Episode 1, GBBO 2014, technical challenge

Cherry Cake

Almonds and cherries make a classic flavor combination, perhaps because the trees on which they grow are related to each other. Both are of the genus Prunus, also known as stone fruits. Whereas cherries are the fleshy fruit of Prunus cerasus (sour cherry) or Prunus avium (sweet cherry), almonds are actually the kernel in the “stone” of a hard, green, peach-like fruit from the tree Prunus dulcis.

Mary Berry’s classic cherry cake uses ground almonds because they add texture, retain moisture and help to suspend the cherries in the batter. Her recipe calls for glacé cherries, the type that are popular in many British fruitcakes. Glacé or candied cherries are made by replacing the liquid in fresh cherries with a sugar syrup, which serves both to sweeten them and to preserve them. In fact, the process of candying was devised, originally, as a method for preserving fruit. The ancient Romans, for example, preserved fruits simply by storing them in honey.

The town of Apt in Provence, France, is known for its bright red glacé cherries, as they have been made there since the 1300s. In the late 1800s, a man named Matthew Wood began importing the cherries to Britain to sell in his shops. Thus began a long love affair of Britons with candied fruit.

That affair was imperiled after World War II, however, when many foods were still being rationed in the U.K. and only essentials were allowed to be imported. According to local lore, the cherry producers of Apt, knowing how fond Winston Churchill was of fruitcake, sent a representative to warn the prime minister that if the prohibition continued, they would be forced out of business. If that happened, the cherry growers would have to cut down all their trees in order to grow something else, and Churchill would have to make do without candied cherries in his fruitcake. Apparently, that was enough for him to quietly give the word that allowed cherries to be imported again.

The trickiest part of this technical challenge, as the bakers in the Great White Tent discovered, is to get the cherries evenly distributed in the batter and to keep them from sinking to the bottom while the cake is baking. The key, Mary explains in the Masterclass episode of this bake, is to quarter the cherries, then rinse the sticky syrup off, dry them well and coat them in flour before folding them in.

Another challenge, I found, was to prevent the cake from becoming too dry and crumbly. I thought my problem was that my pan was slightly larger than the 9-inch tin the recipe calls for, so I may have overbaked it slightly. (This happened to at least two of the Bake Off contestants as well, so I figure I’m in good company.) However, when I happened to look on the PBS website where this recipe is posted, I found comments from several people who tried the recipe and ended up with dry results. One commenter thought that using almond flour instead of ground almonds would cause the cake to be drier. Others said that adding an extra egg resulted in a moister end product. (I have since discovered that “large” eggs in the U.K. are equivalent to “extra-large” eggs in the U.S. I have not noticed this affecting my bakes in the past, but I will be more conscious of this difference in the future.)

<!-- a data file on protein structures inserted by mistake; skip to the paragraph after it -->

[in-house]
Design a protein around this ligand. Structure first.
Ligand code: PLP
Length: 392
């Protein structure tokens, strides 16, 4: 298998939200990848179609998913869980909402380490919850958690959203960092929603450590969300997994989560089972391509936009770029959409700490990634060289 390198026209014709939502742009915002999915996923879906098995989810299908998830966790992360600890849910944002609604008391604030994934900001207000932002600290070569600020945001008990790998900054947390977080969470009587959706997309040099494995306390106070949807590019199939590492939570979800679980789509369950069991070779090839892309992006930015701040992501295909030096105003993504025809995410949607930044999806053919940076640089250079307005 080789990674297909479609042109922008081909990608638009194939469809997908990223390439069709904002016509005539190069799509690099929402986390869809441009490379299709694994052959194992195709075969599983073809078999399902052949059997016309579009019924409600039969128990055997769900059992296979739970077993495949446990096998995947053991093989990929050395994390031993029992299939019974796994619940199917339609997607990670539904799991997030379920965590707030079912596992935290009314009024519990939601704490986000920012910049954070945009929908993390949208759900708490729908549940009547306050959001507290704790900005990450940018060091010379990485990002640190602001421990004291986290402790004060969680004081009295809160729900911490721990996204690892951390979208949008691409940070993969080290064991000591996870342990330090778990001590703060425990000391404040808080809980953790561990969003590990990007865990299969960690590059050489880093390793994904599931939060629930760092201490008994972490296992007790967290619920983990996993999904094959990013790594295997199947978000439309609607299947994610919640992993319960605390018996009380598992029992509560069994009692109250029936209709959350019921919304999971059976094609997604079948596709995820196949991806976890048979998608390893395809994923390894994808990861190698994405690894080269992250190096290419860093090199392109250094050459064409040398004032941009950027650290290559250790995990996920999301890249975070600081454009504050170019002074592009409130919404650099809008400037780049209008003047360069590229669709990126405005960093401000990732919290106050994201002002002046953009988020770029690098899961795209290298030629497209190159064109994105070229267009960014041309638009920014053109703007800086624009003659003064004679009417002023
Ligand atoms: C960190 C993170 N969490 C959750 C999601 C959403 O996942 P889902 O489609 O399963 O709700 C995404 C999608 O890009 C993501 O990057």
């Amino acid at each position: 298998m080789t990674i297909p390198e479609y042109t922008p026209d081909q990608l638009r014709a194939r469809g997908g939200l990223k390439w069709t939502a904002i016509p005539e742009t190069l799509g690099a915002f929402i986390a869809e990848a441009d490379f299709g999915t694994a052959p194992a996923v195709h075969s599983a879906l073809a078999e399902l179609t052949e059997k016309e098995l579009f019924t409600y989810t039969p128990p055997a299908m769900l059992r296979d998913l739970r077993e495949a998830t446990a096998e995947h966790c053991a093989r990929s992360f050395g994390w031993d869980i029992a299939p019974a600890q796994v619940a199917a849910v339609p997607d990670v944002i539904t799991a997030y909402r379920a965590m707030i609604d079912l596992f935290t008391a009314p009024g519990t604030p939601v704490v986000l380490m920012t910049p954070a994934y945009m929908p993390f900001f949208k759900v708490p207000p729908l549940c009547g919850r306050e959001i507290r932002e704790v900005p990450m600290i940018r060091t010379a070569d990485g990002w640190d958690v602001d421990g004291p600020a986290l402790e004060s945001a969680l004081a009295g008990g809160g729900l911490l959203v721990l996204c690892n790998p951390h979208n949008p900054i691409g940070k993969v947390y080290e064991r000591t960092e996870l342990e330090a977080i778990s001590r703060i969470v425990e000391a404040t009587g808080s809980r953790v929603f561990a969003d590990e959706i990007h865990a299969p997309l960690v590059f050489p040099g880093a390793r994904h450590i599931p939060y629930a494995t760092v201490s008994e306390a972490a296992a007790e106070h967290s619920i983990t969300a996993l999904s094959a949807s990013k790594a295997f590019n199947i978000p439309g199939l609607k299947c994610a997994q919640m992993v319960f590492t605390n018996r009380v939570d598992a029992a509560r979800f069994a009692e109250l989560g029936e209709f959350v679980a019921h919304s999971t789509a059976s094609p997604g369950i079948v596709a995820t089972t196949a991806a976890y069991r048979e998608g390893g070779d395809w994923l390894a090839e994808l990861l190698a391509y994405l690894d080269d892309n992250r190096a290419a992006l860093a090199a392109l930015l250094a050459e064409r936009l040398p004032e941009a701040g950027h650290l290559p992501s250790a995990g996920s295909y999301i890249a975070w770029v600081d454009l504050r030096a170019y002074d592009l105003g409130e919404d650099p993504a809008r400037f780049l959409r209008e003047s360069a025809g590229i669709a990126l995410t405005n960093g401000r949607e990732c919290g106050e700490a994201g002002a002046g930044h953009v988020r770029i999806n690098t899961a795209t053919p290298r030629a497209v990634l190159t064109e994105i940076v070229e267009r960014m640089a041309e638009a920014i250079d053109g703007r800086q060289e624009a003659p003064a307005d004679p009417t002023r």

So my takeaway is to use extra-large eggs instead of large eggs and, if I’m using the same pan next time, to check for doneness at 20-25 minutes. Otherwise, this was a very good cake with classic flavors and not overly sweet. A perfect accompaniment to afternoon tea!

Here’s a link to Mary’s recipe, but I’ve adapted it for American bakers below. 

Mary Berry’s Cherry Cake

Source: BBC.co.uk
(Adapted for American bakers)

For the cake:

  • 1 c. glacé cherries
  • 1¾ c. all-purpose flour, divided
  • 2½ t. baking powder
  • ¾ c. (1½ sticks) butter, softened
  • ¾ c. sugar
  • Zest of 1 lemon
  • ½ c. ground almonds
  • 3 extra-large eggs
    • For the decoration:

    • 1 1/3 c. powdered sugar
    • Juice of 1 lemon
    • 1½ T. flaked almonds, toasted
    • 5 glacé cherries, halved or quartered
      • Directions

        1. Preheat oven to 350°F. Grease a 9-inch bundt pan or savarin mold with butter. (I use Nancy Birtwhistle’s lining paste, found here: https://www.youtube.com/watch?v=PL5ydEOCSgE.)
        2. Cut the cherries into quarters. (Don’t forget to save five whole ones for decorating the cake later.) Put them in a strainer and rinse them under running water. Drain well and dry thoroughly on paper towels. Toss the rinsed and dried cherries in 2 tablespoons of the flour.
        3. Put the rest of the flour, baking powder, butter, sugar, lemon zest, ground almonds and eggs into a large mixer bowl and beat well for two minutes or until thoroughly mixed. Lightly fold in the quartered cherries. Transfer mixture to the prepared pan, leveling it with a spatula or back of a spoon.
        4. Bake in the preheated oven for 25-35 minutes or until a toothpick inserted in the center comes out clean. (Cake should be well-risen and golden brown.) Let the cake cool in the pan for 10 minutes, then turn it out onto a wire rack.
        5. For the icing, add lemon juice to the powdered sugar a little at a time, stirring after each addition until it is the consistency of a thick paste. (You may not need all the lemon juice.) When the cake is completely cooled, drizzle icing over it, spreading it with the back of a spoon so it drips down the sides of the cake. Sprinkle toasted almonds over the top and garnish with reserved cherries.

        Next week: Miniature Classic British Cakes

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